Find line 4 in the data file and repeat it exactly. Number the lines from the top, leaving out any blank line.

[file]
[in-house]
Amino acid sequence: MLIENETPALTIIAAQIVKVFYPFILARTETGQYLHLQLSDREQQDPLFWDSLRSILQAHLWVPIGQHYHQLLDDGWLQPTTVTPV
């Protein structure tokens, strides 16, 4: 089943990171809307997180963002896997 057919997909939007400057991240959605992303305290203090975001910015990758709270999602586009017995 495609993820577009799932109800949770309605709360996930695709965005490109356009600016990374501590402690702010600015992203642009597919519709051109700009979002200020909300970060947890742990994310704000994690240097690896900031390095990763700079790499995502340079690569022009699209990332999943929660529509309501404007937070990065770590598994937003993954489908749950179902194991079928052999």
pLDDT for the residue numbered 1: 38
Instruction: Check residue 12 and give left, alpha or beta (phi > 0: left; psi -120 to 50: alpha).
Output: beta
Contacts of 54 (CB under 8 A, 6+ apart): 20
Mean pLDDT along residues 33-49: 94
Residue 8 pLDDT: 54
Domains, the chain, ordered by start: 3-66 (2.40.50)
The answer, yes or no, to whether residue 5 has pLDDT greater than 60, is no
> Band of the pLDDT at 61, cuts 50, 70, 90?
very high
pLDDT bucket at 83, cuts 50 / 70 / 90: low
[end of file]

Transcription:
pLDDT for the residue numbered 1: 38